Before work ever begins on any project, a subtle, psychological game of “you go first” must take place over the budget. This is without a doubt, a frustrating game for both sides. As an agency, we don’t want to waste time on a proposal the client can’t afford. On the other side, clients are fearful of artificially inflated quotes built to squeeze every penny from that budget. This fear is highlighted by a comment from a client on this Newfangled article about website project planning:
I am wary of telling anyone a concrete budget these days, because if I say its 100K, then I will get quotes for 100-120K.
For the same project, they received a quote from three agencies that already knew their budget and one that did not. The three that knew, came back with a quote just at or above their budget. The agency that didn’t have a number to aim for? Their quote was $40,000 under budget. Sadly, this piece of anecdotal evidence helps reinforce the idea that agencies are just out to price gouge when they ask for a client’s budget.
Why should you ask?
There certainly are some agencies that just want to charge as much as the client can afford, regardless of the amount of work done. These people exist in every industry and I won’t bother trying to defend them. But, I will assume that you, like most agencies, are just trying to create a quote that matches a client’s needs with as little frustration as possible.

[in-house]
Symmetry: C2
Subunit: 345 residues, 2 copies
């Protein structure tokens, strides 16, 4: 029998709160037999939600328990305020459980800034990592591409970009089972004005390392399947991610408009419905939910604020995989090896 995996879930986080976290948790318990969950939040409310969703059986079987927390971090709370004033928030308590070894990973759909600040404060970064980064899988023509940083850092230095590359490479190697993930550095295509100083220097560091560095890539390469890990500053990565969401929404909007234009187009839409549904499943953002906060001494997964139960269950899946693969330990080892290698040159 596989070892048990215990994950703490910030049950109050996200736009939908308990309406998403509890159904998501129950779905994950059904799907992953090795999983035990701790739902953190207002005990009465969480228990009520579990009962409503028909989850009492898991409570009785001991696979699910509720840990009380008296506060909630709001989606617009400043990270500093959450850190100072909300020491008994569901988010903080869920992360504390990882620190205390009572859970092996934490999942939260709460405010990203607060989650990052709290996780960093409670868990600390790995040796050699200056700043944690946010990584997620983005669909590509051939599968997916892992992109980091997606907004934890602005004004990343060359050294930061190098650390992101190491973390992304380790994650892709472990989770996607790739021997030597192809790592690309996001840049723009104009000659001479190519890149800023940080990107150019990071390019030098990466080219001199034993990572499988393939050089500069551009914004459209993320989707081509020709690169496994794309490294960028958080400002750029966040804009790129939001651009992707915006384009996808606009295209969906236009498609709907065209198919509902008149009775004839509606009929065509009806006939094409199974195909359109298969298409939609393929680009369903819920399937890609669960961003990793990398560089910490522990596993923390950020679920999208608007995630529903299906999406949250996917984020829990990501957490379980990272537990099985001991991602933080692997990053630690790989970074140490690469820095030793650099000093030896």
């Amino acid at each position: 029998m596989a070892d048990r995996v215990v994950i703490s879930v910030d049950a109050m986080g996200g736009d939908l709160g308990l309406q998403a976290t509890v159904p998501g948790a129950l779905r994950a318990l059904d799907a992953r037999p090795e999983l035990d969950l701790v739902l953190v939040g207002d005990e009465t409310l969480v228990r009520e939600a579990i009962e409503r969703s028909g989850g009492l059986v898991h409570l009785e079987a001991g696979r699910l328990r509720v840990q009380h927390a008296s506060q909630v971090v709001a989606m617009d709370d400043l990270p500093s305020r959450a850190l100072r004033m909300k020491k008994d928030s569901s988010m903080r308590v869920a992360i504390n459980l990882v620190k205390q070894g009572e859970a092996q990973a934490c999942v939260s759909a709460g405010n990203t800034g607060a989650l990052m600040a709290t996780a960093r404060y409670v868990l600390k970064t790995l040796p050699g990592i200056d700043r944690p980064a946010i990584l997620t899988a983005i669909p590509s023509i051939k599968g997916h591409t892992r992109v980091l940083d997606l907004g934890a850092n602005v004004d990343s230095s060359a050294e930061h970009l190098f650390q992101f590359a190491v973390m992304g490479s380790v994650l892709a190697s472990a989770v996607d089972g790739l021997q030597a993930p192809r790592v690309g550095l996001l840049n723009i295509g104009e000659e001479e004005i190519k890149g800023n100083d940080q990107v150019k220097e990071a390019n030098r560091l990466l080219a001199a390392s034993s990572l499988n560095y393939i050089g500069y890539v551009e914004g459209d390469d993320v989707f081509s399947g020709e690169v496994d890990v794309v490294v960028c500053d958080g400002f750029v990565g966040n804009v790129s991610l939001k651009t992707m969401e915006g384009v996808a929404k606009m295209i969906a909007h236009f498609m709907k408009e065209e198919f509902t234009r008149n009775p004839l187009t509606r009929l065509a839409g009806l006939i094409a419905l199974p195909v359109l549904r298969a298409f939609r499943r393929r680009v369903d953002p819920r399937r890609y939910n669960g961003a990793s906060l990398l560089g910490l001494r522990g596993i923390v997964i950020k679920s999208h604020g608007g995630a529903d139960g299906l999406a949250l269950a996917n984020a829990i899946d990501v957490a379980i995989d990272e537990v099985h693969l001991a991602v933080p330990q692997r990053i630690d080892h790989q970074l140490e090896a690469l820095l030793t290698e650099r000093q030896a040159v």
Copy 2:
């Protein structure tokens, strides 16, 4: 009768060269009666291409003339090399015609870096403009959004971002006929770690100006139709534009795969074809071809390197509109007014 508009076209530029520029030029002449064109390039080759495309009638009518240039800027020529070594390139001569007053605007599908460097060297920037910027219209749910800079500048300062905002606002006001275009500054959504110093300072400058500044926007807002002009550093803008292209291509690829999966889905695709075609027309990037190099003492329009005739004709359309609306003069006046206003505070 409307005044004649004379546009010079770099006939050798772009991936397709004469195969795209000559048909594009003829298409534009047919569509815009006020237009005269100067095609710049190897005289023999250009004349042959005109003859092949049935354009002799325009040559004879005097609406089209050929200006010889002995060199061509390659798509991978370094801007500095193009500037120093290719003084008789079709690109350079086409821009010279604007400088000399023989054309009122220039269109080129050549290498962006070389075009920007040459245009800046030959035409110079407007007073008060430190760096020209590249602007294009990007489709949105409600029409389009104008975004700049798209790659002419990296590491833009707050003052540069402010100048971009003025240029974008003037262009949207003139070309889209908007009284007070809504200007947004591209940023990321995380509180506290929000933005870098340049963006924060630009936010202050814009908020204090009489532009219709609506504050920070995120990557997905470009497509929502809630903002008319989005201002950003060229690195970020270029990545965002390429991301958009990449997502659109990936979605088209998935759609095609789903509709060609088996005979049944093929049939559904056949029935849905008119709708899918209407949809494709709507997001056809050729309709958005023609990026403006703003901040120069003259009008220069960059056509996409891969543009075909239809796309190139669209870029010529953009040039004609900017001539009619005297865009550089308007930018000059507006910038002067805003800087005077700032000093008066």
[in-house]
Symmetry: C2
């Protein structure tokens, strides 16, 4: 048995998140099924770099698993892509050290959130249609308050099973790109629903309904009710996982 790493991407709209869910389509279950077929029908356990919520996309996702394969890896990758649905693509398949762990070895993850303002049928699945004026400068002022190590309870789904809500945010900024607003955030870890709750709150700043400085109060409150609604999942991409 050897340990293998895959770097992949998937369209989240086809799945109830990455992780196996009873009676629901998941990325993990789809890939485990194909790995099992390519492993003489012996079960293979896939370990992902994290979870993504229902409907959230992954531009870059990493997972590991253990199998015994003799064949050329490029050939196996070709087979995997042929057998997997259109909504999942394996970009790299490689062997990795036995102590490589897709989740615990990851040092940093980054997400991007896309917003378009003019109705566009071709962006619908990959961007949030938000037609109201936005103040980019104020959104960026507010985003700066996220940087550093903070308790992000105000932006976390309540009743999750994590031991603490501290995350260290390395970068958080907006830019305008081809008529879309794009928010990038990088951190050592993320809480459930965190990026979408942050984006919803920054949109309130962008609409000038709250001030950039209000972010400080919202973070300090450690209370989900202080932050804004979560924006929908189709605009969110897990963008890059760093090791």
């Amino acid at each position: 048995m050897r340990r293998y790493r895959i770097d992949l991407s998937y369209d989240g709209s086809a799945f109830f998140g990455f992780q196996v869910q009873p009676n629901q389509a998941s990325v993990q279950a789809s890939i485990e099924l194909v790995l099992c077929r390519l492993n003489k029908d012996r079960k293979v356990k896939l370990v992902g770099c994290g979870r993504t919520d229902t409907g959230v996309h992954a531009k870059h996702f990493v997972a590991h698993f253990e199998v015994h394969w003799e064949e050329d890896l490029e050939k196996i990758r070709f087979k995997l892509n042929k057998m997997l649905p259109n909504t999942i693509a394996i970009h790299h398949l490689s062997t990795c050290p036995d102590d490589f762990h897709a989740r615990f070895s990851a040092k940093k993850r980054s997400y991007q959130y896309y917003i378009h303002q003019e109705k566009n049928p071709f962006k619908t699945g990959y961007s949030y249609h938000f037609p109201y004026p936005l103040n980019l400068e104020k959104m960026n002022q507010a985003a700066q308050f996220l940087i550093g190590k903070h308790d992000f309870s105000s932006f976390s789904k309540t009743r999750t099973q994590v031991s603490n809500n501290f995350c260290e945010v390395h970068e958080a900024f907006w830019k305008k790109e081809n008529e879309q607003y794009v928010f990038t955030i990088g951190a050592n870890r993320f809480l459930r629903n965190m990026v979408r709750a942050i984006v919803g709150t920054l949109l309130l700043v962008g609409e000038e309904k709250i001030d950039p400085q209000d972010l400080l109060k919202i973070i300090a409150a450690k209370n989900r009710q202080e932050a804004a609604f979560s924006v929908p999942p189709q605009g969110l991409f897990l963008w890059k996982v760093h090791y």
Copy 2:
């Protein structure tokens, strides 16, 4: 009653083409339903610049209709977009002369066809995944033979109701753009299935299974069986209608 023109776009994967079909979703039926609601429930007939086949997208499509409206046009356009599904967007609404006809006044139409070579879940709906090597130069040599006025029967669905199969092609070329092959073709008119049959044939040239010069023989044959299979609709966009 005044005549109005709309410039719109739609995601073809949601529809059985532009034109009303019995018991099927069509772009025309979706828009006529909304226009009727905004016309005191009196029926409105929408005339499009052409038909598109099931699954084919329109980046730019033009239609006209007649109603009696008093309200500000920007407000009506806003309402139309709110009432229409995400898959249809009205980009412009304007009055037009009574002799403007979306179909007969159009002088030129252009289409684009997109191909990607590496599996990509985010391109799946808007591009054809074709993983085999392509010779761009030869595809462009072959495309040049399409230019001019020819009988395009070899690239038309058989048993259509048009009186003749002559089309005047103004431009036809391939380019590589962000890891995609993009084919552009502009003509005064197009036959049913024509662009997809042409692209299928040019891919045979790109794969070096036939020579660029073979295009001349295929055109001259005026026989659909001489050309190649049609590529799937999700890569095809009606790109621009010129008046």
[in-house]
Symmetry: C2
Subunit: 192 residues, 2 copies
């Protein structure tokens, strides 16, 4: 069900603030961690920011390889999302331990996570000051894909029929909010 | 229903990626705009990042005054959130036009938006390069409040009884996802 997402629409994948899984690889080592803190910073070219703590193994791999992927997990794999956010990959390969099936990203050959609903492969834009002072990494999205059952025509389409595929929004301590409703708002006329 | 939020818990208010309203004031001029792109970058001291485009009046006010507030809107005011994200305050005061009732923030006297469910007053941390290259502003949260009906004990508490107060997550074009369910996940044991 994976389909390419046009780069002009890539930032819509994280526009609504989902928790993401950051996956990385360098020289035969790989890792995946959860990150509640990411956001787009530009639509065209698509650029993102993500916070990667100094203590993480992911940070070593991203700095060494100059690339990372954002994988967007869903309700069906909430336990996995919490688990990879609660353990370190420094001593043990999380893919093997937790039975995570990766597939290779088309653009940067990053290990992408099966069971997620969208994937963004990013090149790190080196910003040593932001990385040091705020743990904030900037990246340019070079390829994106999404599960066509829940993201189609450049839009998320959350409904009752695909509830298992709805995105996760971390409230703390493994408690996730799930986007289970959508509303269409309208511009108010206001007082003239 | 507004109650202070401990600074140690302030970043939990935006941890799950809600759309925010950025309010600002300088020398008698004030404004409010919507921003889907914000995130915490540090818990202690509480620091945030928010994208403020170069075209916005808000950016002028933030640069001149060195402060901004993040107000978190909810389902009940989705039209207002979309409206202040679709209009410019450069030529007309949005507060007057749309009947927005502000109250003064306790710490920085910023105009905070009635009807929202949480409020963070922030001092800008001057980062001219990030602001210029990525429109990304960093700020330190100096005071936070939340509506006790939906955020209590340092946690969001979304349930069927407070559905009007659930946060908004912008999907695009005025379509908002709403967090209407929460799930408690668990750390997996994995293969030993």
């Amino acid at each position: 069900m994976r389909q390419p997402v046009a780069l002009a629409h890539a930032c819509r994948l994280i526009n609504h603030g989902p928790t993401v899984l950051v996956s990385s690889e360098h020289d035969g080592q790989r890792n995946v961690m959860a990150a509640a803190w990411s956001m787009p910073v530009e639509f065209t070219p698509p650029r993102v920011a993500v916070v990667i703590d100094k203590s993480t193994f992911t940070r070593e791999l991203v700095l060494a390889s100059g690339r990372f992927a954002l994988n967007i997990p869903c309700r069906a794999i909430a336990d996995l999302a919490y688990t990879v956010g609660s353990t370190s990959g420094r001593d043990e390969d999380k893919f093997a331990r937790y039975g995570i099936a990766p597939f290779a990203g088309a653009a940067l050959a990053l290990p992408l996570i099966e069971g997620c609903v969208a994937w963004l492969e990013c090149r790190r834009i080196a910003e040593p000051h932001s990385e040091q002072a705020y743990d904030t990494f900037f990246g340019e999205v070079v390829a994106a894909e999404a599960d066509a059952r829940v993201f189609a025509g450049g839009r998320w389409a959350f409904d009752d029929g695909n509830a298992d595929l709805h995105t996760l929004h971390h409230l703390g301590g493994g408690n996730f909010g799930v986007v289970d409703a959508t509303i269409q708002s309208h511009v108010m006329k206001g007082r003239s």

In a survey we did in 2011 of web design professionals, the average proposal process took eight and a half hours from start to finish. That is an entire day of unbilled work! I can see why some agencies would be hesitant to engage in this process without at least an idea of the client’s budget.
By clearly defining boundaries in the initial conversation with potential clients, specifically what your hourly rate is and why you need to know budget, you’re giving the perception that your time and knowledge are valuable. - Paul Chason
Christopher Butler, Vice President of Newfangled, explains why they start talking about money right away:
Vaguely representing your budget in order to try to control negotiation won’t work well for either party. A good web partner will consider your budget and tell you exactly what can and cannot be done with it, even if that means you end up spending less than you planned to.
As “good web partners”, we are tasked with defining and explaining what’s possible within a certain budget. All but the most savvy clients don’t understand the sheer amount of work that goes into a website. A good website requires experts from multiple disciplines: design, development, copywriting, user experience, SEO, marketing, video, and others. Clients are not paying for a website, they are paying for your expertise.
The marketing/design community MUST stop waffling on this subject and REQUIRE a budget range for websites and virtually all other project work. Otherwise, we’ll continue to get duped, strung out and taken advantaged of by prospects/clients who didn’t respect us or our industry in the first place. - Neil Myers
While Mr. Myers takes a much more hard-lined stance, I tend to agree with him.
Why don’t you ask?
Sticker shock is a very real thing and can cause a job to vanish in the digital wind if a client is not prepared. Most clients are unaware of how much web design and development actually costs. There is a severe disconnect between the quality of work seen online and the effort and skill required to achieve that. It is starting to get better, but for a long time most clients still assumed that their teenage neighbor across the street could do just as good of a job as the downtown agency.